House kills drone privacy bill in second vote, citing harm to UAS sector, language
A bill that aimed to keep people from using drones to violate the privacy of others failed in the North Dakota House on Wednesday morning. The bill passed the House on Tuesday.
House Bill 1493 from Rep. Luke Simons, R-Dickinson, sought to make it a Class B misdemeanor for anyone to intentionally violate another person's privacy using unmanned aerial systems like drones.
Representatives voted 56-36 to kill the bill Wednesday after opposing legislators requested the House reconsider their original 49-44 vote from Tuesday.
"Passage of this bill could be detrimental to the UAS industry and its growth in this state," said Rep. Mike Nathe, R-Bismarck. He and other lawmakers like Cynthia Schreiber-Beck, R-Wahpeton, claimed Simons's bill singled out unmanned aerial vehicles such as drones, which they said act only as carriers for recording devices like cameras.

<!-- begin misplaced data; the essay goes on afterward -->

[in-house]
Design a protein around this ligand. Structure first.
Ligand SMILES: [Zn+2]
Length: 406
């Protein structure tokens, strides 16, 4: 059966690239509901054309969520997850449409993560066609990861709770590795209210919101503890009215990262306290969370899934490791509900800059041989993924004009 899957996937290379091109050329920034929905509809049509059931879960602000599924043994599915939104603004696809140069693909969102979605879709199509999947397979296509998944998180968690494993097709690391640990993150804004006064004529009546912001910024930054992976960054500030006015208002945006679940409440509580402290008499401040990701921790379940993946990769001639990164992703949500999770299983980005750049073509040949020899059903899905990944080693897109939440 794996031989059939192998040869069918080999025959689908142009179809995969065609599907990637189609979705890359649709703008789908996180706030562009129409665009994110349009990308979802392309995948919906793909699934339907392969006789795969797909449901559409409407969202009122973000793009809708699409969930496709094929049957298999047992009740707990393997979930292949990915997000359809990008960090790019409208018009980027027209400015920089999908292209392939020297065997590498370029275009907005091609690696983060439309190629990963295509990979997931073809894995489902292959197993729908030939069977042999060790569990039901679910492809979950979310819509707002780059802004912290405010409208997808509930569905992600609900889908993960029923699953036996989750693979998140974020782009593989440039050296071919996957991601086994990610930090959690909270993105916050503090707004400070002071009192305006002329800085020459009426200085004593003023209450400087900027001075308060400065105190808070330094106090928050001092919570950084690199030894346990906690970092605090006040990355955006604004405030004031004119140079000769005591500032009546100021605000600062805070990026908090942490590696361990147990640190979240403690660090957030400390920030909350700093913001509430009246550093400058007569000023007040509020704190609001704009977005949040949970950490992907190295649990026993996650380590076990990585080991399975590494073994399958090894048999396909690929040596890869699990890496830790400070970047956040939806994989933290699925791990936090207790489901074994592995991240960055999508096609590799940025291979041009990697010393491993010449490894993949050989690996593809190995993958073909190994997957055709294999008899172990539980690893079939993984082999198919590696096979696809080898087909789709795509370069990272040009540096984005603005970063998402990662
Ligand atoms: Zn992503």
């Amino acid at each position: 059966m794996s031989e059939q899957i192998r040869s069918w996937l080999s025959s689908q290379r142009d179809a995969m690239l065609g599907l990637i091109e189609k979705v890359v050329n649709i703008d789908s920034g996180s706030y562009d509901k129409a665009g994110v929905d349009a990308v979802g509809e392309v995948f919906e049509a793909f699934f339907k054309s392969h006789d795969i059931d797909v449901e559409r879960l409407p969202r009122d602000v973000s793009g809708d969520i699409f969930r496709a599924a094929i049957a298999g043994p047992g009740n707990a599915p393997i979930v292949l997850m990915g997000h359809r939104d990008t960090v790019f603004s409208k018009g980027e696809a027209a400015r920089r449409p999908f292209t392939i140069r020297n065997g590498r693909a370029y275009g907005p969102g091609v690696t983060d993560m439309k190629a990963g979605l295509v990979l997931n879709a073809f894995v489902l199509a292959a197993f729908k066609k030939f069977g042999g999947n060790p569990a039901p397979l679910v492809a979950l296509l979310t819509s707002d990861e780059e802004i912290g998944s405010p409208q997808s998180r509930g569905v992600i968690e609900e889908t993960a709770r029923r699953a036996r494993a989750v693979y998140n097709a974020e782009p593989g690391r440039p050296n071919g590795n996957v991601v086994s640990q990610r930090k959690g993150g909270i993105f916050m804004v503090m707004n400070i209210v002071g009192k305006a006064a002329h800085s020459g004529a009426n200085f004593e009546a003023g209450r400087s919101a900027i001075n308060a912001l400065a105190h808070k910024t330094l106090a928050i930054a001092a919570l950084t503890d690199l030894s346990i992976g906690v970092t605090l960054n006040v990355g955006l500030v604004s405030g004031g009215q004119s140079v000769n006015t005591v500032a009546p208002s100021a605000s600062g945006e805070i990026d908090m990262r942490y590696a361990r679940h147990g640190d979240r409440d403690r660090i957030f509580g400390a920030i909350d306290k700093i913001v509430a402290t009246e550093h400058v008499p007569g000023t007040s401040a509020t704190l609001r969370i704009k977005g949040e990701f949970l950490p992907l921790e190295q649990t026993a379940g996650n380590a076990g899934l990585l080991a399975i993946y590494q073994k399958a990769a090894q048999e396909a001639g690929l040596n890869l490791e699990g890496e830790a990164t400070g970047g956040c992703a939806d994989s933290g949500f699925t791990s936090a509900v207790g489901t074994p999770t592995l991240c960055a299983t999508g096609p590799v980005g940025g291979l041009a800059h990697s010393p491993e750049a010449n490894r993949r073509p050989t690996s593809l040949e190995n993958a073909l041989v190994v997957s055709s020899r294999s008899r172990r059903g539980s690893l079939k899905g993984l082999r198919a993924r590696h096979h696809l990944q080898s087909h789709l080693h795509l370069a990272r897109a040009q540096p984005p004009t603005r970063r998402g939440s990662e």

Rep. Kim Koppelman, R-West Fargo, was one of the legislators who voted in favor of the bill and, as chairman of the House Judiciary Committee, voted to give the bill a "Do Pass Recommendation" on Feb. 14.
"The flipside of what we're hearing is that anytime the term 'unmanned aerial vehicles' appears in a bill, or a drone or something to that effect, certain folks get alarmed," Koppelman said. He added the bill doesn't target the state's bolstering UAS sector, just individuals using unmanned technology with malicious intent.
Opposing legislators also raised concerns that the bill's language wasn't clear or firm enough.
"My main concern is the fact that there's no intent language in this bill," said Rep. Shannon Roers Jones, R-Fargo, who originally voted Tuesday to move the bill forward. "There's nothing that says a person has to intend to invade someone's property (willfully)."